This Mr. Hardy is not a real doctor and should not by trying to pass himself of as one, like he did here:

"Mr Hardy is my Dad and he is dead I am Dr hardy but please call me Dennis here is some info you may find helpful if i can help more please let me know"

Does this is sound like a real doctor?

I have seen a lot of people on here give medical advice. Yes anytime you tell somebody about something they concerns your health that is medical advice. But when a regular person gives it that is not illegal. However when someone uses the title Dr., says they graduated with a doctorate in naturopathic medicine in a program that does not get him licensure as an accredited fully recognized ND and gives medical advice; that is practicing medicine without a license.

Here are his qualifications as he states them:
ND and PhD from Clayton College of Natural Healing.
MH and OMD from American Institute of Natural Healing.
Learned Herbology and Nature Cure from Dr John R. Christopher.
Learned Nutrition and iridology from Dr Bernard Jensen .


Clayton is a ‘school’ that’s campus is one room in an office building (I called and asked). Their degrees are not recognized by any U.S. DOE accredited agency. It’s all online, not even a proctored test. That means I could sign up and pay someone to take the tests for me or just look from the books and pass all my tests. And then I get a worthless ND degree.

This is all I can find about the American Institute of Natural Healing:


http://siliconvalley.citysearch.com/profile/38719904/cupertino_ca/american_na...



http://www.collegesurfing.com/ce/american-institute-of-natural-healing/?src=&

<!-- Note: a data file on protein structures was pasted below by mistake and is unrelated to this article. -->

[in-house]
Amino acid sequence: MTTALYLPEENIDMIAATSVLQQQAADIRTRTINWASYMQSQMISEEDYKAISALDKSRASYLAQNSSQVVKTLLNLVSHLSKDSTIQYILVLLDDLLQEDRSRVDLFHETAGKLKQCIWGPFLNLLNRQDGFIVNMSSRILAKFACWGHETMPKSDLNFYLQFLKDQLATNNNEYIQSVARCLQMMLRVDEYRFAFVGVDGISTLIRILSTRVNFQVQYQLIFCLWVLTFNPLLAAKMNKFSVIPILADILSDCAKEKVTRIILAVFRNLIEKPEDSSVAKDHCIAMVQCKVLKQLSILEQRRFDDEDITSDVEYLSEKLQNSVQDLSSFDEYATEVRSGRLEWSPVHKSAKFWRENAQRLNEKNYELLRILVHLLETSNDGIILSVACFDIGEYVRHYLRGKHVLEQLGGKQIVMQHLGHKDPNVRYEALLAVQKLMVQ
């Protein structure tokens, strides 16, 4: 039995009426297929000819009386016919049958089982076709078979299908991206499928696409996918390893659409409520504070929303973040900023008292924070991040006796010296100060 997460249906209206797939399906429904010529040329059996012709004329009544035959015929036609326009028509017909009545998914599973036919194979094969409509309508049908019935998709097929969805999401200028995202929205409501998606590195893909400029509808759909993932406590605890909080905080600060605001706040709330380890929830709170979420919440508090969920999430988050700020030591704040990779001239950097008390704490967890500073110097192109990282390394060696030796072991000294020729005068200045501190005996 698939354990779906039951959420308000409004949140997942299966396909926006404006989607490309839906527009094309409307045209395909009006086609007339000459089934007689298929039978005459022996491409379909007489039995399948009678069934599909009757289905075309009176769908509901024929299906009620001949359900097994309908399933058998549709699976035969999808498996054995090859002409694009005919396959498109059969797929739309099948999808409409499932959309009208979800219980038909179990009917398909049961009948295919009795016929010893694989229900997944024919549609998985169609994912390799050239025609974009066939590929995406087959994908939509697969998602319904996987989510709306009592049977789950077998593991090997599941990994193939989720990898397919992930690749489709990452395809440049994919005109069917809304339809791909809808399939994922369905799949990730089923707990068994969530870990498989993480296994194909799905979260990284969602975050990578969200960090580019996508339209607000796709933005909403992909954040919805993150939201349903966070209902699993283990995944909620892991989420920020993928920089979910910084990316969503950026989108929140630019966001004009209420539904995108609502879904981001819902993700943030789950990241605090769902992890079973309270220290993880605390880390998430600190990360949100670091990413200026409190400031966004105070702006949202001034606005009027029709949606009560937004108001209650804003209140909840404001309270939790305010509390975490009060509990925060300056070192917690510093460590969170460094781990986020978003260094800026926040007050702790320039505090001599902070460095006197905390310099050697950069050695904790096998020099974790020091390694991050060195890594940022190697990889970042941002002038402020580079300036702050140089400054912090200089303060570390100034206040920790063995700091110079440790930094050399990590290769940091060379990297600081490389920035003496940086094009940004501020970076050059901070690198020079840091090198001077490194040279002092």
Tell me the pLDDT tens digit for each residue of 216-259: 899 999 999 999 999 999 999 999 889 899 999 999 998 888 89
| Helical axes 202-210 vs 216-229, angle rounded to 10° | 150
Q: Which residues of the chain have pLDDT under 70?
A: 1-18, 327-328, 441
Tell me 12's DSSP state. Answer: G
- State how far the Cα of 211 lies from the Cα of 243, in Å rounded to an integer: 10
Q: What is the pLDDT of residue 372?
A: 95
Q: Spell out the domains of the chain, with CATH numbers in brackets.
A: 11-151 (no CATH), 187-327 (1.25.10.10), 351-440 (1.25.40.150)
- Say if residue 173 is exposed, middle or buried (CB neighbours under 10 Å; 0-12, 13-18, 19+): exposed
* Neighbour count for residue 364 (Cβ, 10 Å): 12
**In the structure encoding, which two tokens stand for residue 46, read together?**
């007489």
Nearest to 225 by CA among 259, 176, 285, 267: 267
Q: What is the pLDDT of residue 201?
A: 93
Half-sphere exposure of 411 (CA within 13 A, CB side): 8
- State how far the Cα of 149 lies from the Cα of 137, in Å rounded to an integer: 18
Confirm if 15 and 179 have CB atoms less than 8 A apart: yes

Can’t seem to find a proper website. From what I can tell they don’t offer any MH or OMD programs. Maybe they had it when Mr. Hardy went there. I called and they had a generic voicemail that did not even mention the ‘school’s’ name.

So what does this mean? If this is all the education he has than it is truly not enough to help someone with true medical conditions. There is real, accredited ND schools. Ones you can actually go to, you can find them here:


http://www.aanmc.org/col_univ/index.php


You can’t be licensed in every state when you are a true ND, put you can be licensed in 18 to practice naturopathic medicine. Mr. Hardy says if you go to Clayton you can practice in all but 11 states. What he fails to mention is you can’t get license in Naturopathic medicine in those states if you went to Clayton. No state will let you have a ND license if you went to Clayton.

Here is a website I found from a real ND when I typed quack and Clayton:


http://www.maloneymedical.com/id52.html



Since Mr. Hardy has been practicing so long were is his website? License number? I can’t even find reference of him on yahoo or google that doesn’t bring you back to Curezone. You would think someone with extensive training and experience who has been practicing for 30 years would have some mention of him somewhere on the net.

2+2+Dennis Hardy=quack